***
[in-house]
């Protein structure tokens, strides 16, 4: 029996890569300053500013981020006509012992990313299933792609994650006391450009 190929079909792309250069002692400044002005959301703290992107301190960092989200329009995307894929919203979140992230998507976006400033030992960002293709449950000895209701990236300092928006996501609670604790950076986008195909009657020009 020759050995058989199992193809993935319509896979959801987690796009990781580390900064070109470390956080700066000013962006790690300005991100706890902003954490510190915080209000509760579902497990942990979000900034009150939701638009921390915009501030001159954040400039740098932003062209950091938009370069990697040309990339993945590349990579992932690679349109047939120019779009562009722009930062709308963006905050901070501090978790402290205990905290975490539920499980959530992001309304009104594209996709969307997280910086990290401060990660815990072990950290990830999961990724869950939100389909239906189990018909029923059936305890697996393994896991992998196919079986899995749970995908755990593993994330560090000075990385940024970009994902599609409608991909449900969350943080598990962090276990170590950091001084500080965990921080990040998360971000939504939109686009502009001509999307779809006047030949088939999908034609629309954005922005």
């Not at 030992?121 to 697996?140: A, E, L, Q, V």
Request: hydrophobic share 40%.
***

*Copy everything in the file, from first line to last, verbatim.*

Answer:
[in-house]
């Protein structure tokens, strides 16, 4: 029996890569300053500013981020006509012992990313299933792609994650006391450009 190929079909792309250069002692400044002005959301703290992107301190960092989200329009995307894929919203979140992230998507976006400033030992960002293709449950000895209701990236300092928006996501609670604790950076986008195909009657020009 020759050995058989199992193809993935319509896979959801987690796009990781580390900064070109470390956080700066000013962006790690300005991100706890902003954490510190915080209000509760579902497990942990979000900034009150939701638009921390915009501030001159954040400039740098932003062209950091938009370069990697040309990339993945590349990579992932690679349109047939120019779009562009722009930062709308963006905050901070501090978790402290205990905290975490539920499980959530992001309304009104594209996709969307997280910086990290401060990660815990072990950290990830999961990724869950939100389909239906189990018909029923059936305890697996393994896991992998196919079986899995749970995908755990593993994330560090000075990385940024970009994902599609409608991909449900969350943080598990962090276990170590950091001084500080965990921080990040998360971000939504939109686009502009001509999307779809006047030949088939999908034609629309954005922005």
């Not at 030992?121 to 697996?140: A, E, L, Q, V």
Request: hydrophobic share 40%.